Japan’s Coast Guard sent its own patrol ships to the region and asked Chinese ships to leave Japan’s territorial waters immediately, it said.
Such infiltration is not uncommon in the disputed area. Tokyo and Beijing both lay claim to the uninhabited islands, but Japan has administered them since 1972. Taiwan, which Beijing considers a Chinese province, also claims ownership of the islands.
Chinese officials have repeatedly said that it is China’s inherent right to patrol the waters around the islands. China’s foreign ministries and national defense ministries did not immediately respond to requests for comment on the Japanese Coast Guard’s statement on Friday.
The Japanese coast guard said the latest incursion marked the longest time spent by Chinese government ships in the waters since 2012, when Tokyo bought some of the islands from a private Japanese owner.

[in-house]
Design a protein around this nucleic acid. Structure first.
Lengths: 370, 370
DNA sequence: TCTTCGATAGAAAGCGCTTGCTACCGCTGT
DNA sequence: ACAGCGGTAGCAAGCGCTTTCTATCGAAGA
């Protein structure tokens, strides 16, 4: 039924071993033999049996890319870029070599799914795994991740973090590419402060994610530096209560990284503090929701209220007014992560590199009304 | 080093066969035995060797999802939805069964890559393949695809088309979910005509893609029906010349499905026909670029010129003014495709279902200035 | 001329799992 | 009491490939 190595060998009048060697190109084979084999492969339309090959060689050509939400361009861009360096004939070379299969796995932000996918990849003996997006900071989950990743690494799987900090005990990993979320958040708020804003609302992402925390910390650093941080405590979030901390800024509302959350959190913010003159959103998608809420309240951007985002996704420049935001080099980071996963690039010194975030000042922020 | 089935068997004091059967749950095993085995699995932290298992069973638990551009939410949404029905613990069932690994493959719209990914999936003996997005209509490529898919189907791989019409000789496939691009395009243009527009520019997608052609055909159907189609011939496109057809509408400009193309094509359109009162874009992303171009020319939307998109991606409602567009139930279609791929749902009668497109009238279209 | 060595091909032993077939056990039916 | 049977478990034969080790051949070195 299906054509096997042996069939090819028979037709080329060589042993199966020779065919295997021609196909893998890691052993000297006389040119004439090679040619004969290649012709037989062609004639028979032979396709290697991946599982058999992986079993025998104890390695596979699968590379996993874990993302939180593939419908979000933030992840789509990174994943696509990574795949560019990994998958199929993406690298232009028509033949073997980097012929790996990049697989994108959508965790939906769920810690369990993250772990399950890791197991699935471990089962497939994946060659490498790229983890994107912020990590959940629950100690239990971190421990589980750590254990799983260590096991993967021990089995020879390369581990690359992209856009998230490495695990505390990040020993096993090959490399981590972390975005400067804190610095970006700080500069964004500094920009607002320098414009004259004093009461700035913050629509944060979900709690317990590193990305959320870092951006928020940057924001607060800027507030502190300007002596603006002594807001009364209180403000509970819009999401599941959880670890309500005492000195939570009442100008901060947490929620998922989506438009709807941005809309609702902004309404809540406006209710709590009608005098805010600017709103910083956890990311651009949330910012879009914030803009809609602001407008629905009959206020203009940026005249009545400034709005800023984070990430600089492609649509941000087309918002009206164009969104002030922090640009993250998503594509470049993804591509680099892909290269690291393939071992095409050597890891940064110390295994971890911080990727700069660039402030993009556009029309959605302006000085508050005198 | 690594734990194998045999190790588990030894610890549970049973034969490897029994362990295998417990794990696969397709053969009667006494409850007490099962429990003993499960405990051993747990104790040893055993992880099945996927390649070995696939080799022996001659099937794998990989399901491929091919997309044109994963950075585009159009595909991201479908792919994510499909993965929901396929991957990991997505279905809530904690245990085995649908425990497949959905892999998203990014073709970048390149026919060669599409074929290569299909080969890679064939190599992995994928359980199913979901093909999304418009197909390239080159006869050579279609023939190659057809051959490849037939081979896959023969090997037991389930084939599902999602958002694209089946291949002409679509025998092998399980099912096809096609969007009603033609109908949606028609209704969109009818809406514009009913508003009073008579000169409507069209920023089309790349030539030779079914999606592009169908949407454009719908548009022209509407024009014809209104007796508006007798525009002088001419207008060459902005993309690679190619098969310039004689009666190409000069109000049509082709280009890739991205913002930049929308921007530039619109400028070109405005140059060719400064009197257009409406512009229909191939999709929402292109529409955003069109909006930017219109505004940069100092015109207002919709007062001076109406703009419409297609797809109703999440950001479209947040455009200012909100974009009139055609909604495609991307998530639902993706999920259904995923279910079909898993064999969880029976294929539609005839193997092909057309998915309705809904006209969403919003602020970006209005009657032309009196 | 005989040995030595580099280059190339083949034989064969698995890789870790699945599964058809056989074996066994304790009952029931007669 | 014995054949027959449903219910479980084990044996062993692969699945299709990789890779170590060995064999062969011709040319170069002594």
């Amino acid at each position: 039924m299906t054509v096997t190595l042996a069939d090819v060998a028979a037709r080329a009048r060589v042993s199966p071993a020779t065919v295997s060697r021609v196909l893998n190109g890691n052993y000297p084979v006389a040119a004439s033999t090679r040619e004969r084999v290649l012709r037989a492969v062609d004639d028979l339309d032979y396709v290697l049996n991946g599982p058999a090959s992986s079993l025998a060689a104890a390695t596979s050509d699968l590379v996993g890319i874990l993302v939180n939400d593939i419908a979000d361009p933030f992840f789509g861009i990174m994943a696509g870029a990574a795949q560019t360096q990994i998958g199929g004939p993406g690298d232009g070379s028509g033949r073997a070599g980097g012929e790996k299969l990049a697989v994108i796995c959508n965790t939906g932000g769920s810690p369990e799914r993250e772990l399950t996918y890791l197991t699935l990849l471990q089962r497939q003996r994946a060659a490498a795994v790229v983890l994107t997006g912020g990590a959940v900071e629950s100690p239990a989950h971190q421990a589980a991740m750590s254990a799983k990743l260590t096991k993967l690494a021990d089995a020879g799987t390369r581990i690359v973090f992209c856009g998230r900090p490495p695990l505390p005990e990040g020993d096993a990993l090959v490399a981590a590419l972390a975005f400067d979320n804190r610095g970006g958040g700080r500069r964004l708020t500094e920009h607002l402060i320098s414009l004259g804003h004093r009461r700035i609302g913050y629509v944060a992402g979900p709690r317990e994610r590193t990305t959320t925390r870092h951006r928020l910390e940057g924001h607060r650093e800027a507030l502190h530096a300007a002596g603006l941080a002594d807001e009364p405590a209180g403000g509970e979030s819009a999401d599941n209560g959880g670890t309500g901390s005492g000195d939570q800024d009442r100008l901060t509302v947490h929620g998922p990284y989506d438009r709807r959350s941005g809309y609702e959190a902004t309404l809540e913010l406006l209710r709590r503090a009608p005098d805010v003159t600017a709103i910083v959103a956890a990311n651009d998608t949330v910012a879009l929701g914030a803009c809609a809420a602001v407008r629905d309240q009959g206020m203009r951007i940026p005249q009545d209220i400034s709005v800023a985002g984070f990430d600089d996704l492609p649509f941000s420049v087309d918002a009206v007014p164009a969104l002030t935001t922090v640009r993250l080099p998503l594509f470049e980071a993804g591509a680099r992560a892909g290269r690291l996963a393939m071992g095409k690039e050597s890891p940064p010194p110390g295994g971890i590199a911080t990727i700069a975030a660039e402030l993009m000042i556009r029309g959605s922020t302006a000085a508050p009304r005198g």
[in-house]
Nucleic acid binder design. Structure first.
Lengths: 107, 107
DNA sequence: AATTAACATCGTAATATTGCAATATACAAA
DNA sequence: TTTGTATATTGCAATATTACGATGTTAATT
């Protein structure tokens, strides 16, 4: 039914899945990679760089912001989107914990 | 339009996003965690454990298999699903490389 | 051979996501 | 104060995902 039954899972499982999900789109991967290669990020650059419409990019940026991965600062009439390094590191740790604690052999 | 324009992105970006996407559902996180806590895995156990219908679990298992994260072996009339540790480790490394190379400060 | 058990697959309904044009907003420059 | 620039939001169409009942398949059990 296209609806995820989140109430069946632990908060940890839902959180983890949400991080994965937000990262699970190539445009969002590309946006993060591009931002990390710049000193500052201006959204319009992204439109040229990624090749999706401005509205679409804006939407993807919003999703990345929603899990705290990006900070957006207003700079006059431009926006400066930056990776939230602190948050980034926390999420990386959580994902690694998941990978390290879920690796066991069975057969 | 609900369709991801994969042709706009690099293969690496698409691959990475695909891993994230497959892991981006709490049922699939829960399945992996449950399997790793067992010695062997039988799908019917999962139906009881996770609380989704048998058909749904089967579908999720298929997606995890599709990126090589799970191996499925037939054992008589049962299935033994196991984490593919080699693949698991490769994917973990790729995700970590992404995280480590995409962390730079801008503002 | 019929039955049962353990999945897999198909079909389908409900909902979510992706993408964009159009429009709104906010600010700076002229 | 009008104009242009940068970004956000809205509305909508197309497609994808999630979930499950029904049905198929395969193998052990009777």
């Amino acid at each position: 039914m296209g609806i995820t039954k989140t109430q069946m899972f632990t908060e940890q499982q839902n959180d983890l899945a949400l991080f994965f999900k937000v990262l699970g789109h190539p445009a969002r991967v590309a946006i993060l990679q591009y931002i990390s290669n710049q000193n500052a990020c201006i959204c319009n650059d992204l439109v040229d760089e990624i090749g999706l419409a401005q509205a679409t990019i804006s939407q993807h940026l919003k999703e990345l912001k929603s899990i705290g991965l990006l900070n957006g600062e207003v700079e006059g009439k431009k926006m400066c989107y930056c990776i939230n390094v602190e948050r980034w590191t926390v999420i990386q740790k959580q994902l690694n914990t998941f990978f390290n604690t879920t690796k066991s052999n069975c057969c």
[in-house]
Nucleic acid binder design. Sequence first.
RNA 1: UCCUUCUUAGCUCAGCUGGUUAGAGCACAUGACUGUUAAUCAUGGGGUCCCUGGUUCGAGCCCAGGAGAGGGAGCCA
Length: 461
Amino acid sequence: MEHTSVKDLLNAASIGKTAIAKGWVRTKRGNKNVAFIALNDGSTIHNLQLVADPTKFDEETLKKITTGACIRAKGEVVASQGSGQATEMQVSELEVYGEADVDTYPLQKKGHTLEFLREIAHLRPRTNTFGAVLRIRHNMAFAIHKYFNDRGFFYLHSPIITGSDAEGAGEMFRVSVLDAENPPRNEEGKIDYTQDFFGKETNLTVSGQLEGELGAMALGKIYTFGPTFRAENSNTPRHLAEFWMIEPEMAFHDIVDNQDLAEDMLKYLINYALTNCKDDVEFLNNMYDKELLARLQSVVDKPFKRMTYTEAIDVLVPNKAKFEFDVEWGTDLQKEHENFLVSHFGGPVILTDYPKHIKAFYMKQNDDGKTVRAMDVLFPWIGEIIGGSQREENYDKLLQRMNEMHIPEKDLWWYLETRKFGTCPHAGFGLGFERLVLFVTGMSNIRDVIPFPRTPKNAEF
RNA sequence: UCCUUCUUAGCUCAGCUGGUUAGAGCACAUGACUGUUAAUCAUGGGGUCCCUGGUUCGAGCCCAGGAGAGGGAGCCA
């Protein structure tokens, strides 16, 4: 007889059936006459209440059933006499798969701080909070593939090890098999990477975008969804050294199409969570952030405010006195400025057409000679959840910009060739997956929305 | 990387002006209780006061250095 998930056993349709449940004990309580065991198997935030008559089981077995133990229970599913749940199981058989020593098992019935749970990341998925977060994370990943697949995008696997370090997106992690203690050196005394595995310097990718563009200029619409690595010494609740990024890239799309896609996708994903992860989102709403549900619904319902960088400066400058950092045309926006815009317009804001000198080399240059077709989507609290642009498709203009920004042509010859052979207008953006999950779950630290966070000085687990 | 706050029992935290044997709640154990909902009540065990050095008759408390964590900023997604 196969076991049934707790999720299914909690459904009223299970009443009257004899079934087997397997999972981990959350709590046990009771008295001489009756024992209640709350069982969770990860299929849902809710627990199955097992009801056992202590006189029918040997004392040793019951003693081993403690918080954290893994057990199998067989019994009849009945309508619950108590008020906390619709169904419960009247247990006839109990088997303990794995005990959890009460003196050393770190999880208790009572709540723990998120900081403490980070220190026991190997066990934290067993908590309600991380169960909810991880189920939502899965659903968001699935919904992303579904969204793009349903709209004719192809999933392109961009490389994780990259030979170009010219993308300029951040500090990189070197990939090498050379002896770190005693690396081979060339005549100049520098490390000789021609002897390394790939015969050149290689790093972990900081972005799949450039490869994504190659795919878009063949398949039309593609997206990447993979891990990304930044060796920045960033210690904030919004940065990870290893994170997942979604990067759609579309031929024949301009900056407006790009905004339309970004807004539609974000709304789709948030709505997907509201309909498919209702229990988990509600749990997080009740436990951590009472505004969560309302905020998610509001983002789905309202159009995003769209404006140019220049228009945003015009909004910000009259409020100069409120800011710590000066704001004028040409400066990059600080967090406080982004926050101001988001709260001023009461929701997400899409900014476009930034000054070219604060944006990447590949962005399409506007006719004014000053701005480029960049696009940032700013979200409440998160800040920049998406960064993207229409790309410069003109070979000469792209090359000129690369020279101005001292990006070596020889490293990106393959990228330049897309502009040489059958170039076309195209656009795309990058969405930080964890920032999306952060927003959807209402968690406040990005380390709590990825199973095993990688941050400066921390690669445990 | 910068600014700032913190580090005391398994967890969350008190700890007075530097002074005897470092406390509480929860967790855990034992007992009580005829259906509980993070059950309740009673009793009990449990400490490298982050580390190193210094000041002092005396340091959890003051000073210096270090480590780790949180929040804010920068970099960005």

The longest incursion before this happened in October 2020, when a Chinese vessel was stalled for more than 57 hours.
The latest example comes amid growing friction between the two neighbours, especially as China is cautious about Japan’s ties with the United States.
Last month, Tokyo hosted a summit for the increasingly active Quad Security Group, made up of Japan, the United States, Australia and India. Beijing sees the group as part of US efforts to control it.
Hours after the end of the summit, Chinese and Russian air forces conducted joint strategic air patrols over the Sea of Japan, the East China Sea and the western Pacific Ocean, which the Chinese Defense Ministry called part of the annual military cooperation plan.
The ministry said the group has been operating at sea near Japan since June 12.